Going Underground in London: Scene and The City

When you’re bored of Big Ben and you’ve been for a spin on the London Eye, look under the carpet for the real London

When you’re bored of Big Ben and you’ve been for a spin on the London Eye, look under the carpet for the real London

London is the eternal misfit’s paradise. Beyond the suits of Canary Wharf and the plentiful attractions brimming with tourists lies a road less traveled. The alternative scene in London sets the global standards of cool and unique. The desire to be different transcends the boundaries of music and style to everyday life, art, performances, nightlife and food. Pioneered in the seventies by punk?rock outfits like the Sex Pistols and The Rolling Stones the thirst to go against the grain has never been more visible than in modern day London.

The place to go for all things indie is undoubtedly Camden Town. Thriving with hippies, rockers, skaters and every other social group imaginable, Camden emits an aura of common acceptance. A trip to the renowned market is a must; witty t-shirts and kooky sunglasses can be yours at a steal if you’re willing to haggle with the Del Boy-esque vendors. The food quarter is the battleground where vendors of many and varied nationalities thrust samples to unsuspecting passersby in an attempt to gain custom. The offerings are usually quite generous and appetising so for those on a budget a quick lap of the stalls results in a cheap lunch. Camden is a shockingly colourful town and art meets the eye at every corner. One artist who seems to be adopted at the Camden Market is the now critically acclaimed “Banksy.” His graffiti makes unique use of stencils, and his work adorns walls on many of London’s streets. In many ways the artist personifies the alternative aspect of London; his use of an alias and his belligerent resistance to authority (he once hung his version of the Mona Lisa, complete with smiley face in the Louvre) epitomise the rebel spirit of many Londoners. One of London Walks’ walking tours is an ideal way to see his work which can also be viewed at the Lazarides Gallery on Greek Street in Soho.

On the subject of weird and wonderful art disrupting the accepted status quo is Martin Creed’s Work No.850, exhibited in the Tate Britain. The concept is to frantically sprint through the neo-classical sculpture galleries at 30-second intervals mixed intermittently with 30 seconds to appreciate the exhibitions. Described by the Tate director as ‘reassessing a mundane activity’. The 2001 Turner Prize winner has produced a thoroughly enjoyable and exhilarating experience for participants as well as a great way to spend a bizarre afternoon.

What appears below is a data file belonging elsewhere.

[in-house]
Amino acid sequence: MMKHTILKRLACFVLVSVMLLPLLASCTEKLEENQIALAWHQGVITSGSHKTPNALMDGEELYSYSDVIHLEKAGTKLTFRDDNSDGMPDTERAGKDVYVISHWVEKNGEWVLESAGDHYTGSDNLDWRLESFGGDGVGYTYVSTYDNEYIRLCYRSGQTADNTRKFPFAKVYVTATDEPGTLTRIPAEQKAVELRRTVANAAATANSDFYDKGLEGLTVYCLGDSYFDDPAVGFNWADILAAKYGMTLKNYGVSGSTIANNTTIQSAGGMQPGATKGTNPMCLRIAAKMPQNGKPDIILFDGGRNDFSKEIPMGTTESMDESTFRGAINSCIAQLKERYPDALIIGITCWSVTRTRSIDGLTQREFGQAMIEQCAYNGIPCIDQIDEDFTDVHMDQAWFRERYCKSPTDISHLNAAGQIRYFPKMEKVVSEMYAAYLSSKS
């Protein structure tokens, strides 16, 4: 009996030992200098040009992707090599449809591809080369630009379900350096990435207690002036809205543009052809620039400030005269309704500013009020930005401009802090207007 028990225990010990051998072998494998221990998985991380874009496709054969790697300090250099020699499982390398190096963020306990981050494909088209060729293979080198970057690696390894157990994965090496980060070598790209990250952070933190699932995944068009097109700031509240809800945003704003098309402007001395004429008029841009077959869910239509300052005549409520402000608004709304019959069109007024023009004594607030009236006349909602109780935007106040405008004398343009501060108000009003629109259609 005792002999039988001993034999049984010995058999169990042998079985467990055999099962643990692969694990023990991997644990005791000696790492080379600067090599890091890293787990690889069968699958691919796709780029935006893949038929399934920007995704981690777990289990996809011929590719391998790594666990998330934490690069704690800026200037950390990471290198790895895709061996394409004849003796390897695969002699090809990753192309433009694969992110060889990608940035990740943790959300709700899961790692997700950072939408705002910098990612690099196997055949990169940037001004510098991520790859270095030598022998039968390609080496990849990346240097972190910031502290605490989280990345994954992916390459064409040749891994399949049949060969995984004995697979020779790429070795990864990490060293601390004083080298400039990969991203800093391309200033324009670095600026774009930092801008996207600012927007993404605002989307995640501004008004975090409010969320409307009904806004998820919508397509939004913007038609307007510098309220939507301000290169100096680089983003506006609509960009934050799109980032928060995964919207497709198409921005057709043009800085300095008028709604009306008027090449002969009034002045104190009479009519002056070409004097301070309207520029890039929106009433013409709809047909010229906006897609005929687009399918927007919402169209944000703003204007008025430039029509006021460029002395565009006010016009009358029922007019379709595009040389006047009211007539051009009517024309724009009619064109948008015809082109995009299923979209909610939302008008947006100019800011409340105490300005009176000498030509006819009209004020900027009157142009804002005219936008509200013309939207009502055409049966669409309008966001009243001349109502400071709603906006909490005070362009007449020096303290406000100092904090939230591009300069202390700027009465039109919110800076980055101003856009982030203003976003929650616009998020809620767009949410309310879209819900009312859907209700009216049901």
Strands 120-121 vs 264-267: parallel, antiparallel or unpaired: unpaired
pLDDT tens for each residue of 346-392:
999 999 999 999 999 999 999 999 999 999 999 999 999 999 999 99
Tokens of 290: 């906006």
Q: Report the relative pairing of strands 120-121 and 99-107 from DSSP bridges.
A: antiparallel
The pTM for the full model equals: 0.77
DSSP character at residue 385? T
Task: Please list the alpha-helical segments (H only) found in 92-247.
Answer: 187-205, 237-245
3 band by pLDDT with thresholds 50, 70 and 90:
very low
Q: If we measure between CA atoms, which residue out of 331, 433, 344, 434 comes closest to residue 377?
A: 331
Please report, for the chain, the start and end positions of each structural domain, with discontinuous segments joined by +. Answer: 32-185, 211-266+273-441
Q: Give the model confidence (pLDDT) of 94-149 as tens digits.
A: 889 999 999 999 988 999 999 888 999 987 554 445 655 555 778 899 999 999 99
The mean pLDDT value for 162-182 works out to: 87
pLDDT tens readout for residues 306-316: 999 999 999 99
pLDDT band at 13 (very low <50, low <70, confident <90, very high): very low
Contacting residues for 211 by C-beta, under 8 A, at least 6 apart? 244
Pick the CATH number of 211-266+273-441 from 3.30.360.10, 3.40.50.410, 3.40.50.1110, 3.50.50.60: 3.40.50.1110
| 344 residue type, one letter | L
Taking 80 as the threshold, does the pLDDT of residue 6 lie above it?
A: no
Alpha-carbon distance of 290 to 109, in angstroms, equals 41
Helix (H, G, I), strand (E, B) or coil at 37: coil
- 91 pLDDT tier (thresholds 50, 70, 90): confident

Approaching evening time in London one encounters a vast array of shows and gigs. Secret Wars, which pits two graffiti artists against each other in 90-minute master classes, are held regularly in secret locations such as Juno Bar in Shoreditch. The winner receives £500, a foosball table and a Sega Mega Drive… only in London.

Nightlife in the city is the jewel in Alternative London’s crown. For a true rock n’ roll experience Astoria 2, conveniently located on Charing Cross Road, is a no frills metal venue. Buy your cans in there (who needs glasses?) and rest content in the knowledge that you’re standing where Nirvana, Radiohead, David Bowie and Black Sabbath have all played. Another option to see music legends is The End nightclub in Bloomsbury, where you can check out London’s superstar DJs. Although tricky to find, The End is well worth the trek for a true London Underground experience. Next stop is the infamous Fabric where hordes of youths clad in neon let loose, still a bit peeved that they were born at the conservative end of the 80s. Its three rooms vary from Techno to Indie to RnB, with Room 1 featuring the unique “Bodysonic Floor” which emits the thumping bass of the playing track. This is a revellers’ nirvana and is guaranteed to satisfy frenzied party-goers into the wee hours. The inevitable downsides are the over-eager bouncers and the £15 entry fee — those on a budget may want to take a rain check. After a tiring night in Fabric there’s only one thing you need for breakfast, Egg. Voted “Best London club” in its first year, Egg opens from 4am on Saturday night and closes at 2pm on Sunday afternoon. With a much smaller capacity, as well as hammocks and beanbags galore, Egg is the ideal end to a frantic day.

London is the world’s biggest college campus. Grasp the opportunity to languish in the bohemian spirit and let yourself go — only in London can one experience such a vast array of cultures. In Banksy’s immortal words: “Think outside the box, collapse the box, and take a fucking sharp knife to it.”